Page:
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Symphonies 3, 9 (2 CD)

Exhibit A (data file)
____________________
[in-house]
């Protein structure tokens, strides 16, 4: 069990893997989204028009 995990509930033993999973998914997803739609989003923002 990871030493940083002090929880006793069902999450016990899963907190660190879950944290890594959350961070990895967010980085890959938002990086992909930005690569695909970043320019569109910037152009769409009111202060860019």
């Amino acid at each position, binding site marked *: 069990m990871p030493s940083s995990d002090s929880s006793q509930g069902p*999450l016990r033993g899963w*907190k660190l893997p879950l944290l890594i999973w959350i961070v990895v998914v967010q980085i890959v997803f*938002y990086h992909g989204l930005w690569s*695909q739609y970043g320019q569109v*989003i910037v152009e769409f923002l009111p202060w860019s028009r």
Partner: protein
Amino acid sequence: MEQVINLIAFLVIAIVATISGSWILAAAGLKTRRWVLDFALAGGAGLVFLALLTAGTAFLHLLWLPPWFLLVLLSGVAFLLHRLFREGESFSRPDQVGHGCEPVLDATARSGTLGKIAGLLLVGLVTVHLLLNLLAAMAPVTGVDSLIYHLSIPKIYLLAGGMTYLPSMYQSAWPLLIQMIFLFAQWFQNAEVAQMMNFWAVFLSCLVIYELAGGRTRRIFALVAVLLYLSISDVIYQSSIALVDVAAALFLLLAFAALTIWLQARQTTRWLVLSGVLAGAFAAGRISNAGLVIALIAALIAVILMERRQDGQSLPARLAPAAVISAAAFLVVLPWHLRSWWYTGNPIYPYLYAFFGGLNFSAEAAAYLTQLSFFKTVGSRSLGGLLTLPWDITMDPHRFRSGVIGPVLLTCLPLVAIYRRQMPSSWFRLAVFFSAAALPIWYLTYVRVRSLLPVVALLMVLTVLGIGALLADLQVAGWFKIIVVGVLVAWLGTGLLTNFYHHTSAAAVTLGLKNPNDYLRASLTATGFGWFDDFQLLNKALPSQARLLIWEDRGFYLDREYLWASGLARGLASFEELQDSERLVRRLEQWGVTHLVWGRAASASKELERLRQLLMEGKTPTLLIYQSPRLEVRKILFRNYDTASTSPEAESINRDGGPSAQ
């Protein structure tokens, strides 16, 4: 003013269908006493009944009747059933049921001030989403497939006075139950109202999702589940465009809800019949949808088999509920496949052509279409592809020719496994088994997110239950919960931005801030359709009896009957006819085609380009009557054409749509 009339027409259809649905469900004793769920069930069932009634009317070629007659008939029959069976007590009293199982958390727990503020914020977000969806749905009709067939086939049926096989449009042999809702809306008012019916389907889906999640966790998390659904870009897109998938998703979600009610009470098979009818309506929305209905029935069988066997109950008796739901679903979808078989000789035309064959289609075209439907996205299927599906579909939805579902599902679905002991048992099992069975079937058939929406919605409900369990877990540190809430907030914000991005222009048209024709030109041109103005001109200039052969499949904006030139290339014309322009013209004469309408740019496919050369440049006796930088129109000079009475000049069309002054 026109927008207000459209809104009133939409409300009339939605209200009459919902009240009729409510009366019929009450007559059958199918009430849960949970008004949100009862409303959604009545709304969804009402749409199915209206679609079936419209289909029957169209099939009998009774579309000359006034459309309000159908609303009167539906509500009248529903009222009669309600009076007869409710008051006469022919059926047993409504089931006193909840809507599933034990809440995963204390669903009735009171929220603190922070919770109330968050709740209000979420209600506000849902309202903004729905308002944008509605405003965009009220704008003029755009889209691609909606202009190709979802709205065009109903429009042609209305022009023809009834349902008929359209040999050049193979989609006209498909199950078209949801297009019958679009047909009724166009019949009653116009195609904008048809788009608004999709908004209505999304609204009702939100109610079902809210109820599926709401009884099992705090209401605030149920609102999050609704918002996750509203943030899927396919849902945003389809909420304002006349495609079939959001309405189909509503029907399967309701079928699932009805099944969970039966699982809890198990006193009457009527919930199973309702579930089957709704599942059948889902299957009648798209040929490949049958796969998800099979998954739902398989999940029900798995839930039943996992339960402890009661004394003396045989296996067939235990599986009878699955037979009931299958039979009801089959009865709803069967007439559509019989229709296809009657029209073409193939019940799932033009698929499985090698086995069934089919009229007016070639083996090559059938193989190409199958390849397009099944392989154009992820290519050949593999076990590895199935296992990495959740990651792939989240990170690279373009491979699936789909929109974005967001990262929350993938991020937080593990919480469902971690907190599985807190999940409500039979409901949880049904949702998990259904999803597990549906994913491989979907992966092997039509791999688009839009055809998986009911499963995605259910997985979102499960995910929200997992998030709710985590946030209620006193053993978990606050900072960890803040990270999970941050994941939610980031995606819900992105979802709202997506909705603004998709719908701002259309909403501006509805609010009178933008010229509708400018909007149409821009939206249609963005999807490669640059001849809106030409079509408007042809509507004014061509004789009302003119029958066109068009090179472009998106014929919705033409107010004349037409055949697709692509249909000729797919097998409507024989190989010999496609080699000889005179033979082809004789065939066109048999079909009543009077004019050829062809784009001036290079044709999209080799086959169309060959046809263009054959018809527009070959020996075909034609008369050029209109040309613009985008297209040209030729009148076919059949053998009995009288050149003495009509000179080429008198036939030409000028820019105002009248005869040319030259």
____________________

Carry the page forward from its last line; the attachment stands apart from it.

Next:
09-16-2014 Which of the 9 Symphonies was his best? My only music teacher was my Uncle Tom, a retired college US History professor from Notre Dame. He was also a Catholic priest and had enjoyed listening to his three favorite composers during his seminary days. Beethoven, Mozart and Schubert headed his list and this Symphony sat at the top. It made we wonder if Beethoven had written himself out, and I began to feel that he had done just that. As for the 9th? Well, it’s been used by the commercial media to sell everything from military recruitment to salad dressing. However, this 2 CD pack from the nice folks at DGG, offers these two popular and grand works for a ridiculously low price of around $5. 00 or less, with admonishments to read about their structure, history and effect upon the ongoing development of music in general. These two works serve as bookends for most of the composer’s best material, such as the 5 piano concerti, the wonderful Violin Concerto, Fidelio the Masses and several splendid overtures and chamber works, not the least of which are his fine trios, piano Sonati and string quartets. For a major orchestra featuring a summertime music festival this would be a terrific program, the works of Beethoven written between the 3rd and 9th Symphonies. An intriguing idea, I must say. Bohm, in the Eroica, presents this work with the appropriate amount of propulsion and brightness. His approach is essentially Western European, and it suits this epic score very comfortably. I particularly enjoyed his bubbly, effervescent Scherzo and the rapid move on the fly into the finale of 12:27. Superb!! And, if I were a conductor, I’d do this the exact same way. As we advance to disk #2, we hear the Beethoven 9th Symphony, in d-minor and I find this work more approachable than most of his other pieces in his repertoire. I believe it was his Ode to Joy music that was used so effectively in the 1976 Summer Olympic Games in Montreal, as the youth of the world celebrated the joy of sport and international camaraderie. Once again, Dr. Bohm handles this music with zest, élan, drama and sweep, the VPO playing their hearts out, as usual. My guess is that these works were recorded in the very early 70’s, perhaps 71 or 72. Bohm’s 9th opens with that big, powerful Allegro, un poco Maestoso of over 16 and a half minute sand one can clearly detect the restraint by the Maestro as he carefully releases just enough energy with which to keep the listener interested. The really good scherzo may be the composer’s finest single creation For years it was used in the credits for the NBC nightly news broadcast. His Adagio is expressive and gentle, but it never approaches the touching dignity of the mammoth "funeral march" of the Eroica and it is impossible to listen to the 9th’s slow movement without the obvious comparison with the 3rd’s slow movement. The finale has that magic that makes it the exquisite centerpiece that it is. opening on the rather stormy side, the first go around of the Schiller Ode to Joy comes off rather sedate and reasonable, well controlled and contained within Bohm’s baton. He stresses the poetry right from the get-go and he captivate us with this lesser appreciated side of the great Bonn Master. Bass Karl Ridderbusch kicks off the festivities in big, bold voice with the absolutely terrific Chorus of the Vienna State opera responds and draws in the balance of the soloists, including Gwyneth Jones, Tatiana Troyonos and Jess Thomas, the soprano, alto and tenor voices giving their all for Beethoven and Bohm. They payoff this music well, with a very excellent blend of heroism and poetry, and I especially enjoyed Mr. Thomas’s solo in the lighthearted 2nd theme. His voice is nimble, perky and truly joyous, as I picture him with a big smile on his face. In fact, everyone sounds as if they’re having a grand time of it. His Wagnerian heldentenor range fits this rousing music like the proverbial glove. And, Bohm keeps up the tempo and proper weight of this segment as he builds towards a wonderful climactic conclusion. The re-entry of the chorus at 07:35 is resounding and has a sensational global flavor as it seems as if the whole world has joined in the singing. As the text takes us into the stars, the mystical appeal of this sublime material seized my senses like few other interpretations have in the past. I became an enthusiastic fan of Karl Bohm instantly and now I can’t wait to collect more from this great German Maestro. He brings to mind the excellent 9ths via Paavo Jarvi, Karajan, Abbado and Wand, to name but a few. Big leaguers all, but this rendition from KB ranks near the top of a very large repertoire of choices. I could just feel the moniker of "war horse" slip away as there is NOTHING routine about this performance. On the contrary, it is exceptional, indeed, and comes highly recommended. AND, while I still think the 9th may not be his crowning composition, this 72 plus minute recording stands tall in the saddle, to be sure. Take my advice, and grab your copy today and ENJOY and partake of this overwhelmingly ethereal music, a fitting "swan song" from the great Ludwig van Beethoven. Best wishes for several hours of happy and fulfilling listening, and God bless everyone, Tony. AMDG!!! Check it out!